But h-index isn‘t the only other metric out there. There are also other factors to consider such as Self-Citation Ratio, SJR (SCImago Journal Rank Indicator) and SNIP (Source Normalized Impact per Paper).
And finally, depending on your role, you may also consider different aspects. For example, junior researchers may consider factors such as publication fees, acceptance rate, review speed, the review process, editorial support.
There ya go!
An easy 5-step journey through nuances of impact factor and scientific journals. Hopefully, with every step, you discovered something new and unveiled what‘s impact factor after all. A topic that for some is still a mystery.
And we, the Scijournal, are here to help the global scientific research community to maximize their impact and provide free access to the database of thousands of journals and over 20 major categories.
Be sure to check out the Ultimate Academic Resources for our latest insights.
See you around!
5 thoughts on “What‘s a Good Impact Factor (Ranking in 27 Categories)”
Please how publish article you require before given a scholarship to study Msc or PhD
I found this very interesting but would comment that I think the figure showing the journals by their impact factor could be better interpreted with a little transformation. Currently it shows most journals have an impact factor of greater than or equal to 1. However the entire table is only showing journals that have an impact factor of greater than or equal to 1. Thus interpretating that way doesn’t really make sense. You aren’t showing 100% of the data, you are only showing a percentage and all of the percentage is contained in the first bar, which you are interpreting.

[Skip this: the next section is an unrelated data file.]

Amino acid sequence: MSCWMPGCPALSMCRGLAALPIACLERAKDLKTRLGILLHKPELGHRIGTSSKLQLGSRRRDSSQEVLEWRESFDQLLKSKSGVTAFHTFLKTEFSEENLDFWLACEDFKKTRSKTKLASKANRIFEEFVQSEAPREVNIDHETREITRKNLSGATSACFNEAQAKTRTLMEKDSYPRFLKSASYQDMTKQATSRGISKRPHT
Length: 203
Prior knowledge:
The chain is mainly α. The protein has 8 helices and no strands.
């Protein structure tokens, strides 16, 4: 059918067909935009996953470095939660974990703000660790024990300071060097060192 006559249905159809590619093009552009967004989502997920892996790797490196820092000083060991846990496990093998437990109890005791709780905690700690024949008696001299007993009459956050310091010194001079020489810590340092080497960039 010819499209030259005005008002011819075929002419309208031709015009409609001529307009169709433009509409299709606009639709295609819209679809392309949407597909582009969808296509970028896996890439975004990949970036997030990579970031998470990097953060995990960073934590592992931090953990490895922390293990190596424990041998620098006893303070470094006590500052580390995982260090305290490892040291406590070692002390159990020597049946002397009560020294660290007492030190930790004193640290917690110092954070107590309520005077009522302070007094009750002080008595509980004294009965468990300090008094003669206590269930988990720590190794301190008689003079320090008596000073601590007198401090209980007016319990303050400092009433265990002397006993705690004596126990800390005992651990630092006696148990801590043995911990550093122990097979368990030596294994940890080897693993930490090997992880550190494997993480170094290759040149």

It would be better to include the journals that have an impact factor of 0-1, then make each bar represent only 1 point score except for greater than 10, i.e. 0-<1, 1-<2, 2- 10. Then we can see the exact proportion of journals with each score.
Using 13,000 as the total this is how it would break down:
0 – <1: 3936, 30.3% overall percentage
1 – <2: 3851, 29.6%
2 – <3: 2369, 18.2%
3 – <4: 1248, 9.6%
4 – <5: 617, 4.8%
5 – <6: 309, 2.4%
6 – <7: 175, 1.4%
7 – <8: 117, 0.9%
8 – <9: 78, 0.6%
9 – 10: 244, 1.9%
Then the interpretation changes, but pretty importantly. This shows us that actually a majority, 59.9%, of journals have an impact factor of 0-2. The most common impact factor range across the journals included was 0-<1 (the data not included in your figure).
Hi Stephanie, thank you for your thoughtful comment. We would like to have you for a further discussion. My team will reach out to you via email.
I remember Andrew Wakefield the one behind the MMR and Autism connection published his work in a High Impact Journal the Lancet before he was revealed to have conducted questionable methods and data.
Sure High impact journals have more Good Research but thats who can write there.